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Talking to the Moon

The Heavenly Sword  (Sword Maiden from the Moon, volume 1)

By Alice Poon 

2 Jun, 2023

Doing the WFC's Homework

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2023’s The Heavenly Sword is the first novel in Alice Poon’s Sword Maiden from the Moon historical fantasy series.

China has been liberated from the cruel Mongols, who have been replaced by the Ming dynasty. While it’s true that the government is still cruel, capricious, and dangerous to the Chinese person in the street, at least the Ming are Han Chinese.

Tang Sai’er’s native Shandong province suffered greatly during the overthrow of the Yuan. Extreme prudence with regard to the current dynasty is the key to long life. Alas for Sai’er, she is fated to play a role that is significant but in no way safe.

Unlike many Chinese women and girls at this time, Sai’er has been trained in Wudang martial arts. Her prowess is remarkable. Nevertheless, she chafes at the restrictions placed on women at this time and place. Why should boys have all the thrilling tasks? Destiny is on her side, for Sai’er is the earthly manifestation of the moon goddess Chang’e.

Zhu Di, fourth son of the Ming Hongwu emperor, is also a divinity incarnate. Although he is technically not in line for the throne, it is virtually certain that Zhu Di will not allow petty legalities to interfere with his righteous ambition. Given his character, it is also certain that he will be an evil ruler, unless other factors intervene.

Sai’er’s divinely appointed task is to be those other factors. She cannot prevent Zhu Di from becoming the Yongle (“perpetual happiness”) emperor. She might be able to curtail his worst excesses. She certainly has the potential to be a legendary hero … but her body is as mortal as anyone else’s. Surviving the thrilling adventures to come is in no way ensured. If she is not run through in a duel, she might well be quietly poisoned, or worst of all, abducted by an unsuitable groom.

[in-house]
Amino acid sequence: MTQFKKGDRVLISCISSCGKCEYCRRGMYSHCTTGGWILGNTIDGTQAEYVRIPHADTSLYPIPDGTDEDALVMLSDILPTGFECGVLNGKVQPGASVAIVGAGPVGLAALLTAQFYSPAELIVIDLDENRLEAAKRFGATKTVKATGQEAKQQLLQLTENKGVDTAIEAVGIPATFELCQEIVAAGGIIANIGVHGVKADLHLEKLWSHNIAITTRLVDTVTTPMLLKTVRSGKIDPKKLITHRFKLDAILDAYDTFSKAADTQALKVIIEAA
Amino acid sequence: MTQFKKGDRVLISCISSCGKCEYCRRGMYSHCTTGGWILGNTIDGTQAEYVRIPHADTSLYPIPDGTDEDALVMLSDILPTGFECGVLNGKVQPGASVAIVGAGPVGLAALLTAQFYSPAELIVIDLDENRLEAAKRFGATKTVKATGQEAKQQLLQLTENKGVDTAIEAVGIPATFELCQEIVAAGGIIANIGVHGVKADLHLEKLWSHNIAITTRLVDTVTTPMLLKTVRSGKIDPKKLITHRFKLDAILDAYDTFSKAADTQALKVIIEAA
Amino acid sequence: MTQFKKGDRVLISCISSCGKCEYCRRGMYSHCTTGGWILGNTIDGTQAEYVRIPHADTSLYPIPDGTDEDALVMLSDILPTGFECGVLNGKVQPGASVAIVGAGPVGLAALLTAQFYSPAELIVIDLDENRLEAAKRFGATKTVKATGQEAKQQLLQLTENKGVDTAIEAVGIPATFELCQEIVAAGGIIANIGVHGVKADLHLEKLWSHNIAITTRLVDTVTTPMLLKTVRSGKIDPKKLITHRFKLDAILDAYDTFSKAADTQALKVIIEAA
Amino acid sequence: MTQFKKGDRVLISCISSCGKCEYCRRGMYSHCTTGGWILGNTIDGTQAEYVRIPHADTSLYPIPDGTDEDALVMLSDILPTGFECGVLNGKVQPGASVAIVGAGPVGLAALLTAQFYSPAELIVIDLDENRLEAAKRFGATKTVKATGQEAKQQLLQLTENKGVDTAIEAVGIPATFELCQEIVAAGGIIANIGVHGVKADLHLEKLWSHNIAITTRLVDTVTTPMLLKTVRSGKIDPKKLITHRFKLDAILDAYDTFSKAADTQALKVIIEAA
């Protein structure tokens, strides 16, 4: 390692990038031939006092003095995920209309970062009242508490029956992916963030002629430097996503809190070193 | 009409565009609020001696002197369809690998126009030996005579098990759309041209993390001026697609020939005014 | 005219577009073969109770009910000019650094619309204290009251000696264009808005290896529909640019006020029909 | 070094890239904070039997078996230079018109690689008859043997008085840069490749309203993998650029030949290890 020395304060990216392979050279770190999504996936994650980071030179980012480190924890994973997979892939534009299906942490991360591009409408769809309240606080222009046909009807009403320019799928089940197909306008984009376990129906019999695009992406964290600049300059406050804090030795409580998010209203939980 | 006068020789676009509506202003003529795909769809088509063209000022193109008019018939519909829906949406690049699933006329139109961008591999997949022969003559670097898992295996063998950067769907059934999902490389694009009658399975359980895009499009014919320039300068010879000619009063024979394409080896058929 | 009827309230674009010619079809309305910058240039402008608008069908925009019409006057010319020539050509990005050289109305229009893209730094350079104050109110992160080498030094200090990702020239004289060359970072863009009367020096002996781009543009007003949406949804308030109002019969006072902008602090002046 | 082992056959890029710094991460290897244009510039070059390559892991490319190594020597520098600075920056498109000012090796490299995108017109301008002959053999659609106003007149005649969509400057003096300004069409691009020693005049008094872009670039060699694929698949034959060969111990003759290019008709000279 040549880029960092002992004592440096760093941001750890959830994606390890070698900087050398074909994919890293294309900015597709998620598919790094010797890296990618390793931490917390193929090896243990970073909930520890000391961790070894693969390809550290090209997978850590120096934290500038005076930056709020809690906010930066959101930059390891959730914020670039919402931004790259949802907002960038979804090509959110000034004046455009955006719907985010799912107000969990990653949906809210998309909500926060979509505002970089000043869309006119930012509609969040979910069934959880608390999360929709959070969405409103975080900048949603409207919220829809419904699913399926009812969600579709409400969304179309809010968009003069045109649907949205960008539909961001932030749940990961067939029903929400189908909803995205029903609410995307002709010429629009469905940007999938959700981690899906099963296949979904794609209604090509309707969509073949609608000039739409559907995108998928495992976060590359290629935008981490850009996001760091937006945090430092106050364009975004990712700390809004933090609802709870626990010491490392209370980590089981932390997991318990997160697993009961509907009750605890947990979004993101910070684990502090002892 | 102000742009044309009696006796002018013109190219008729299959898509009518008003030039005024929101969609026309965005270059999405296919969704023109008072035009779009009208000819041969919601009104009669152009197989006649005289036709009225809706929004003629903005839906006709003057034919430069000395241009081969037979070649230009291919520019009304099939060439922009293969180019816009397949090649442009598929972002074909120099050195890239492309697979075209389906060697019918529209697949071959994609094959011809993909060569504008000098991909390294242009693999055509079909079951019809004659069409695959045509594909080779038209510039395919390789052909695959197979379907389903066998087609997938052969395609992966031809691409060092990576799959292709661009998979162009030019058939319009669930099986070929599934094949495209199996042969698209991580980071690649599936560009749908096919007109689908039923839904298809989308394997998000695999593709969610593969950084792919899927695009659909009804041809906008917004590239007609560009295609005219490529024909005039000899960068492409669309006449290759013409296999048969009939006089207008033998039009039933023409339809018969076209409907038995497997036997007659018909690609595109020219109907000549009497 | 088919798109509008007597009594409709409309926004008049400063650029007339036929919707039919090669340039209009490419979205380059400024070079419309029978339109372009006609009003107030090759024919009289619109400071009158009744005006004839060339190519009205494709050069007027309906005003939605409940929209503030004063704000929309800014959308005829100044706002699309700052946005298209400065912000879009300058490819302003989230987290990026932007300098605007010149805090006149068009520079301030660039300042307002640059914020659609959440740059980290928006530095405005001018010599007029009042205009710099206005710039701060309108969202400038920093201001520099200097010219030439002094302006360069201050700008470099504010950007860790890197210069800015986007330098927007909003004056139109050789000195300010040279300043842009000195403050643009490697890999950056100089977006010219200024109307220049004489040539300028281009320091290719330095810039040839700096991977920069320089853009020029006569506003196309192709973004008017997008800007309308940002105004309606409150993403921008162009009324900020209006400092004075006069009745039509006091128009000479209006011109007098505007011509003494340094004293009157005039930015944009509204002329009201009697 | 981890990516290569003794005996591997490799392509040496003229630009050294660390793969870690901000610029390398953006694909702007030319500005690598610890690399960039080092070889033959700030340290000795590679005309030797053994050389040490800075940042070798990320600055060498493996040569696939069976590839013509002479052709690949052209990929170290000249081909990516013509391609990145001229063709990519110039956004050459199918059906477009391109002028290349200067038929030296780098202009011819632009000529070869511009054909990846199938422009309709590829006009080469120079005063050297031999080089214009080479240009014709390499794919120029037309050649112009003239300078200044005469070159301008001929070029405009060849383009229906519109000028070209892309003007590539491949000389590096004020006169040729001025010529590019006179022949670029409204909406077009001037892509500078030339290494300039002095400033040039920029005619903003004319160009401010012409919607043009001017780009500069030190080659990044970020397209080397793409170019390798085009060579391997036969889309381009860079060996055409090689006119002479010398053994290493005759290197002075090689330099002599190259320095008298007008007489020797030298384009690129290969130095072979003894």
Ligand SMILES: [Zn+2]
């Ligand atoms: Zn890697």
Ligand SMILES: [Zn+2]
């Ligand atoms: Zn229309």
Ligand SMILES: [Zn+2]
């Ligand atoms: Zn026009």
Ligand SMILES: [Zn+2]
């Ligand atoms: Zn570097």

The author does not sugar-coat the brutality of the Ming legal system at this time.

It’s interesting (to me, anyway) that just as the emperor is a giant pain in the ass for the common folk, so too can many undesirable social complications be traced back to the gods making decisions best described as unfortunate.” This does not appear to be a matter of divine plans being beyond mortal ken, more a matter of poor life choices being a phenomenon that goes all the way up to the top.

For those of you who don’t want to do the reading, the Yongle emperor1 ruled from 7 July 1402 to 12 August 1424. He’s not one of those villains destined to fall from a height into a convenient pool of lava at the end of the first volume. However Sai’er mitigates his excesses, it’s not going to be by removing him from the throne or at least not any time soon.

I have two main issues with the novel.

The first is the enormous cliffhanger ending. The end is very abrupt; it’s not so much an end as an interruption. It may be the best way to read this book is by waiting to purchase this book and its sequel (publication date unclear; perhaps disappointing sales of the first volume may doom the sequel). If you want to encourage the author, you may want to buy the first volume knowing full well that you are doomed to lectio interrumpitur.

The second issue is what Le Guin might have called the Poughkeepsie problem, which is that this is a novel set in a fantasy version of historical China in which people toss around words like clone.” This may not be a valid criticism inasmuch as true verisimilitude would have the characters speaking Sinitic languages rather than the convenient-for-me English, but the modern vernacular kept dragging me out of the story.

On the other hand, Poon strives to live up to the standards of her literary model Jin Yong, whom I’m sure you’ve all read. Sai’er needs all the martial arts prowess she has to survive the numerous confrontations she will have. She also needs her cunning to elude the myriad of traps, and friends and family to rescue her on those occasions when her martial arts and keen wit are not quite sufficient. The plot moves along very nicely.

The Heavenly Sword is available here (Amazon US), here (Amazon Canada), here (Amazon UK), here (Barnes & Noble), and here (Chapters-Indigo). If Apple Books carries The Heavenly Sword, their garbage interface successfully concealed it from me.

1: Yes, Zheng He’s emperor. Zheng He is a major supporting character in the novel, under the name Ma Sanbao.